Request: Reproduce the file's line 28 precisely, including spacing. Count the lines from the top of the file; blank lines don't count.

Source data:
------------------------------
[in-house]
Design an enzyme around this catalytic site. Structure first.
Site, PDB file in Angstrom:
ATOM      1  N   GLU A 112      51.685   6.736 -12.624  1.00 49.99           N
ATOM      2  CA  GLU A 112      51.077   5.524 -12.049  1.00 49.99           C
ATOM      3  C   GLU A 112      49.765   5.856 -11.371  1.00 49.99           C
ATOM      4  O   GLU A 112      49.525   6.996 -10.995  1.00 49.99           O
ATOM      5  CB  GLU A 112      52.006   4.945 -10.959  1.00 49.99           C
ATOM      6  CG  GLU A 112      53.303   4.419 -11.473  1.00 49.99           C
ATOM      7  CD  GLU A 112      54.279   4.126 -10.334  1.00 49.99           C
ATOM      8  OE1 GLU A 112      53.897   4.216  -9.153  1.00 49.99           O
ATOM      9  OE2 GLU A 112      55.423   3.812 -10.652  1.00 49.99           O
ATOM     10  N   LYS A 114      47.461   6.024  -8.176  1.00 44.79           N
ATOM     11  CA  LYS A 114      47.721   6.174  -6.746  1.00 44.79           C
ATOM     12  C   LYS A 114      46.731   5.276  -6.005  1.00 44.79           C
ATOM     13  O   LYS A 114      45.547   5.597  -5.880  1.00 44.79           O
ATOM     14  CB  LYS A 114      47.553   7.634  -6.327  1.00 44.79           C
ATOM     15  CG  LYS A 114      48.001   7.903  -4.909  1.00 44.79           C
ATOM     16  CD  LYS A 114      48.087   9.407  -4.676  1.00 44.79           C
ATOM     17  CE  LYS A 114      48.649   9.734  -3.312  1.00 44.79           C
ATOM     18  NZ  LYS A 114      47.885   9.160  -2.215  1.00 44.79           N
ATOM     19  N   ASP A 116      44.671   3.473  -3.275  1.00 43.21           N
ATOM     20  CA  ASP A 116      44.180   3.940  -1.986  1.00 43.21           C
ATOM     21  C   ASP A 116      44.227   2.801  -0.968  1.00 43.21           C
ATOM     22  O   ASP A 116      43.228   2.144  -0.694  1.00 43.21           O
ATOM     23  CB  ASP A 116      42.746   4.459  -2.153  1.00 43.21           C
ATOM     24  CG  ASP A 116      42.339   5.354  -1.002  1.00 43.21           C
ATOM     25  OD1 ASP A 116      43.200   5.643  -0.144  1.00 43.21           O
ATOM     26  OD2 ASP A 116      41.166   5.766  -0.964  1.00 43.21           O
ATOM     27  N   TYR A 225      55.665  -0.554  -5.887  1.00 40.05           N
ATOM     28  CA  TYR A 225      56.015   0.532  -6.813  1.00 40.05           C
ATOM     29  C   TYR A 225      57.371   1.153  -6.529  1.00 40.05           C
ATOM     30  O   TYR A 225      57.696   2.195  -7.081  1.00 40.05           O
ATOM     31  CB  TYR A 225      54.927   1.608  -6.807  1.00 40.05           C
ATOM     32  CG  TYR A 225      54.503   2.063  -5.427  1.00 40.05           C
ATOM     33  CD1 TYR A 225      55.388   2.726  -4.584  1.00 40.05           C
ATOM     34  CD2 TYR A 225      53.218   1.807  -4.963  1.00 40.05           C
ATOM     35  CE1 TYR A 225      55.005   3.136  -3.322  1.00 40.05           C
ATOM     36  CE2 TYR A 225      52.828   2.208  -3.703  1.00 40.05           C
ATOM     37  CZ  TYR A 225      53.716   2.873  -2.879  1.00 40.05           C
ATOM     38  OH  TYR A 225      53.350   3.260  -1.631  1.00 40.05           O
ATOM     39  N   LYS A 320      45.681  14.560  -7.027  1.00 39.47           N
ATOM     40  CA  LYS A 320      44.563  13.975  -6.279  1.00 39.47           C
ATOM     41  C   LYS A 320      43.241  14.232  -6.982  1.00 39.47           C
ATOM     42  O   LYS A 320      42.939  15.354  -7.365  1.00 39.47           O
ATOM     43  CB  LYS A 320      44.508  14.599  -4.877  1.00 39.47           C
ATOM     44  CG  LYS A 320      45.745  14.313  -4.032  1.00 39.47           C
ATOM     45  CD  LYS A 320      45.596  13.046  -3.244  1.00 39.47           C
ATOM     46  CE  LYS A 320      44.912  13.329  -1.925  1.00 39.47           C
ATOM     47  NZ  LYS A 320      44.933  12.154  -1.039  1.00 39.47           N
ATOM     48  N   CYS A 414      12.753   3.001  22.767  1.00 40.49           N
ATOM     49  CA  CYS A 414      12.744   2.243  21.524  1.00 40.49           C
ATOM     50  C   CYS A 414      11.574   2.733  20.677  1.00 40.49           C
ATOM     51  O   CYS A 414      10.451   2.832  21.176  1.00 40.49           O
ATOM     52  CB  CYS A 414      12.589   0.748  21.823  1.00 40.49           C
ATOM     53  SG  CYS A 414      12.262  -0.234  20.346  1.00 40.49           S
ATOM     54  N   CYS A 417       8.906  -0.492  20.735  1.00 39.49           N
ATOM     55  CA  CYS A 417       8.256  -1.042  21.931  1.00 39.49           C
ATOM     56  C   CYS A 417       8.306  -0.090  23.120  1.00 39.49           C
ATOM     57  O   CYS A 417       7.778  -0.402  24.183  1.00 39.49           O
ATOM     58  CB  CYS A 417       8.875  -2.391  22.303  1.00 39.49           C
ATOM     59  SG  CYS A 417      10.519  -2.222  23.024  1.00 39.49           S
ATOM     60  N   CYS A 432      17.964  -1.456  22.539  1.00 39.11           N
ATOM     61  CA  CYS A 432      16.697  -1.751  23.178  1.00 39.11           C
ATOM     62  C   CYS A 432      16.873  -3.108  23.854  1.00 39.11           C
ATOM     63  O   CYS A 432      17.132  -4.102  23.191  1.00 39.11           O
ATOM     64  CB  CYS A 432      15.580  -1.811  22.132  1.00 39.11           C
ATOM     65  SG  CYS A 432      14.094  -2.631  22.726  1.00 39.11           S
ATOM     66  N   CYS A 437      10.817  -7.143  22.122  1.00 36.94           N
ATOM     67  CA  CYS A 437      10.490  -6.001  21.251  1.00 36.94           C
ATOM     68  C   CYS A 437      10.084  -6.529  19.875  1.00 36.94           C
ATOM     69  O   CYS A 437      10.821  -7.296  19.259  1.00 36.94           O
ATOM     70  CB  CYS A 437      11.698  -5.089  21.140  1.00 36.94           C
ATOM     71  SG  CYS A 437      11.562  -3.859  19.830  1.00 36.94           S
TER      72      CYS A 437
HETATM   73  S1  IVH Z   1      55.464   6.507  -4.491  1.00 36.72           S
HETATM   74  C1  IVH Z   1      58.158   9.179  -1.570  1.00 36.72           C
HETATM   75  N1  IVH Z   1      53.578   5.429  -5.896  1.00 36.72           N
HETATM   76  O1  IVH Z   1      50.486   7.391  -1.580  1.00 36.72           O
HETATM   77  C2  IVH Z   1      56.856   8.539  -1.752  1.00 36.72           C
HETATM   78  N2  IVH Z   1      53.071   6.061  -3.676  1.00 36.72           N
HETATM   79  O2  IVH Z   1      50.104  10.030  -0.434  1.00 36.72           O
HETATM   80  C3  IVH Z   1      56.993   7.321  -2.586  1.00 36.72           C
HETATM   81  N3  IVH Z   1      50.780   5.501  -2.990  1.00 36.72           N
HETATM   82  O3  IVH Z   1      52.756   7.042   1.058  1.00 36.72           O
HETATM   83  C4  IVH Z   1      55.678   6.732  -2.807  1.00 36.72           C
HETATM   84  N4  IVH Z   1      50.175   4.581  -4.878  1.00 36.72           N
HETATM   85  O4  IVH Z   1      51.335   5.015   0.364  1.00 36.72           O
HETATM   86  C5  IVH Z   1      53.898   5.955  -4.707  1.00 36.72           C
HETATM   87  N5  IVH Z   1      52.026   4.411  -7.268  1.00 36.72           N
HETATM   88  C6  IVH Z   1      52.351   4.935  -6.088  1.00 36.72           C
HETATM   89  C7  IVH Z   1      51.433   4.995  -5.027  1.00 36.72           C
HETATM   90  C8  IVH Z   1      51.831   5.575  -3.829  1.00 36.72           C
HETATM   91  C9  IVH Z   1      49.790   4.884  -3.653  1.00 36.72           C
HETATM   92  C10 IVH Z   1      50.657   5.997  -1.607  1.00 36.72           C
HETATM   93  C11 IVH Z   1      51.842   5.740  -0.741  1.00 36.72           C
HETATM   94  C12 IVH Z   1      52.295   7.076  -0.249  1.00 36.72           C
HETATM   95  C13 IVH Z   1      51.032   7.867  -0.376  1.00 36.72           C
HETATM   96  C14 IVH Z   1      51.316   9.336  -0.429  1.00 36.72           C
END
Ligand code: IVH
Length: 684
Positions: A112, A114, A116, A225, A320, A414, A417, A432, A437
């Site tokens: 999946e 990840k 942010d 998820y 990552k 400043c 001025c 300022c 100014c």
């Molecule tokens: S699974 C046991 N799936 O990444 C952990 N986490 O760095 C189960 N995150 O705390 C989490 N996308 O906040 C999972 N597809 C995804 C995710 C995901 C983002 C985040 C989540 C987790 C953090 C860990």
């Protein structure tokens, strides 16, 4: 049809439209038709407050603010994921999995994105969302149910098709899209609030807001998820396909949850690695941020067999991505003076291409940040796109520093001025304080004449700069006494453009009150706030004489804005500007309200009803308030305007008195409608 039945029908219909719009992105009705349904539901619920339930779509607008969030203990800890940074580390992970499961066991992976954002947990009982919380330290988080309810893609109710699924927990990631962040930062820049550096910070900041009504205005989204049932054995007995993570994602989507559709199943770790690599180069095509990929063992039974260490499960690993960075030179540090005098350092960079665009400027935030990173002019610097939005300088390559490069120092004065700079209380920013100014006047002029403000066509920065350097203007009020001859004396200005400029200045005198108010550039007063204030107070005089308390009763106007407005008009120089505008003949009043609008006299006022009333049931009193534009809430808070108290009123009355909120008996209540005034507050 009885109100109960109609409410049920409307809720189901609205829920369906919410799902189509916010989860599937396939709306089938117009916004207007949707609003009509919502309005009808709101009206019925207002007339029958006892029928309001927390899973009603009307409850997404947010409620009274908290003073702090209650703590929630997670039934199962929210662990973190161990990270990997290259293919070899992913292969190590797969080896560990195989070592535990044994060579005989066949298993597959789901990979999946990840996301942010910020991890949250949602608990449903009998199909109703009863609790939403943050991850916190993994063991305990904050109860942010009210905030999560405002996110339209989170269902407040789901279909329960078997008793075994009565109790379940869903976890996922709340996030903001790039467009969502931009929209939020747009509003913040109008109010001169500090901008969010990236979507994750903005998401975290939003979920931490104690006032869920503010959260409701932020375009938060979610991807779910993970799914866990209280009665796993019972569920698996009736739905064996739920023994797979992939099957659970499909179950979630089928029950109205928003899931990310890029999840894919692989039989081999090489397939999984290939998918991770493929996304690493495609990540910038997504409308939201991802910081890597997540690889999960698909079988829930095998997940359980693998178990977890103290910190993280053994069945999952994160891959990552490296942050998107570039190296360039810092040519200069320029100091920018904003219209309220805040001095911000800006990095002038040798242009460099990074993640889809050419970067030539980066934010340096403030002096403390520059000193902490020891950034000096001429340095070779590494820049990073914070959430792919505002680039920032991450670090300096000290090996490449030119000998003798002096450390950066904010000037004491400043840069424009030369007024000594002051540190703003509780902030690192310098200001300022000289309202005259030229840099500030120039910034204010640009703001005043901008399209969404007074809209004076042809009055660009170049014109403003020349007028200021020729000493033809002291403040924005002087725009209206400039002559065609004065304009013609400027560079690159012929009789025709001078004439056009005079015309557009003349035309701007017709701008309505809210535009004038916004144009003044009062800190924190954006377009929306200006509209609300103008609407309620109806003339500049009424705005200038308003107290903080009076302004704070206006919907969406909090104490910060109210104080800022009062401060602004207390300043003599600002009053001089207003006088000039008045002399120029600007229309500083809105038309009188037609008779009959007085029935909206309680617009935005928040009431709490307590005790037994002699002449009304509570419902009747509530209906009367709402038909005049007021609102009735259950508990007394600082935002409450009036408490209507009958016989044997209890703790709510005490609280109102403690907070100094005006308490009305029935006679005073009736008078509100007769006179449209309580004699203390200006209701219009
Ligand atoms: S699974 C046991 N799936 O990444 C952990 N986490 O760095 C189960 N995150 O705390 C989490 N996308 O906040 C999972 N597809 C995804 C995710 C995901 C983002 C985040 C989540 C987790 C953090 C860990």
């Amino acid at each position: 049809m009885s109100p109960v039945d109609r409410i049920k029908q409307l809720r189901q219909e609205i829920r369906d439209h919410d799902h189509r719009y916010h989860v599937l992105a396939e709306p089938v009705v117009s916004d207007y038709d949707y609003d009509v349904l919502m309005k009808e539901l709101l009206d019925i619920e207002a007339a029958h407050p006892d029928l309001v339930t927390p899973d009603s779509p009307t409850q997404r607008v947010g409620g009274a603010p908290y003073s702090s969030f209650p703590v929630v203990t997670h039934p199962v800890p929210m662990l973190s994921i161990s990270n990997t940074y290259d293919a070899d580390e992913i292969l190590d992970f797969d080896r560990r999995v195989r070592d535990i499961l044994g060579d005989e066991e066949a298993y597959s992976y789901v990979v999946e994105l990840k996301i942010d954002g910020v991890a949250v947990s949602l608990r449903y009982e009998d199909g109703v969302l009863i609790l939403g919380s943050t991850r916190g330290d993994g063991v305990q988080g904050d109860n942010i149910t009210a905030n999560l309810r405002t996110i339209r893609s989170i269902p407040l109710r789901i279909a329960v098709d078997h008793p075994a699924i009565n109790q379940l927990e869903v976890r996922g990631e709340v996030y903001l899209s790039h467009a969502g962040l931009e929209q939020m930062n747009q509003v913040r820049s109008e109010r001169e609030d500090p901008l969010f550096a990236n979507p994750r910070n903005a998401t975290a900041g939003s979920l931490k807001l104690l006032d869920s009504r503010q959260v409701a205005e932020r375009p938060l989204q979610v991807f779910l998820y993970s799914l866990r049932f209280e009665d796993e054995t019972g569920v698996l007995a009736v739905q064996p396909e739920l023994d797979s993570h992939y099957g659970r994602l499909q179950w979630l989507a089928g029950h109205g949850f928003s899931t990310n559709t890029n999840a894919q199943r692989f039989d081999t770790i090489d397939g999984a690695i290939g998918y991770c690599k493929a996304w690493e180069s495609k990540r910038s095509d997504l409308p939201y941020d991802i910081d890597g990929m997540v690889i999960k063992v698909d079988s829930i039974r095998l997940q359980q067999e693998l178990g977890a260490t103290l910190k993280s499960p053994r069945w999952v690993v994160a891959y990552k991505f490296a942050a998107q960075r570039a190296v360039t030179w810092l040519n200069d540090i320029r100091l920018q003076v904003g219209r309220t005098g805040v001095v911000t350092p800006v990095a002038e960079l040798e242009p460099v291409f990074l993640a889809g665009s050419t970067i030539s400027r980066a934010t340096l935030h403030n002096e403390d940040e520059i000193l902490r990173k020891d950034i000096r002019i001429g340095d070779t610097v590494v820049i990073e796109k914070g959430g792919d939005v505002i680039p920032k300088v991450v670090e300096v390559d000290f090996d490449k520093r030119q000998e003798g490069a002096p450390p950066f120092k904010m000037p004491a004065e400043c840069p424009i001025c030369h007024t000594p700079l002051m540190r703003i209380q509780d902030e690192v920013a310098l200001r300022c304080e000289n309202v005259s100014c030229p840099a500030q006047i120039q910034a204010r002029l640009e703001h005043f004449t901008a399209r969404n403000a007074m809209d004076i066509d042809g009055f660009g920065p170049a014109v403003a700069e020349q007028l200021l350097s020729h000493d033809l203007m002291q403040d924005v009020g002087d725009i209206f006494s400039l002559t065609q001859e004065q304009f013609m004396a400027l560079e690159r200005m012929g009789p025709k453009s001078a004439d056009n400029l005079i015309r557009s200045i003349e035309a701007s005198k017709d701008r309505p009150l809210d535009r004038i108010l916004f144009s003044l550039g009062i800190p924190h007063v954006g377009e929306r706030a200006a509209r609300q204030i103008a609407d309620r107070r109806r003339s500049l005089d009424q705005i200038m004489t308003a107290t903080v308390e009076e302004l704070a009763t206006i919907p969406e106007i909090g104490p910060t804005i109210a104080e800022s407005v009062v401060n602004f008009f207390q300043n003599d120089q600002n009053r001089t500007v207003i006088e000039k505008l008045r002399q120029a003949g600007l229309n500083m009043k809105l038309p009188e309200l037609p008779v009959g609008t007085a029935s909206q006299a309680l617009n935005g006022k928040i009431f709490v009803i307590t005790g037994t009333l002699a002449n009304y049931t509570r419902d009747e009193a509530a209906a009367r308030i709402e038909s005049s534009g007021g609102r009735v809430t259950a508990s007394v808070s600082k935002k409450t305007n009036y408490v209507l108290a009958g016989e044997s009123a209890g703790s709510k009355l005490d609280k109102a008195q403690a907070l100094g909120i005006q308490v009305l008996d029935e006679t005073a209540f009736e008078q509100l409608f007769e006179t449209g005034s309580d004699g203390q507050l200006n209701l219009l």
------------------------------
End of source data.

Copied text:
ATOM     25  OD1 ASP A 116      43.200   5.643  -0.144  1.00 43.21           O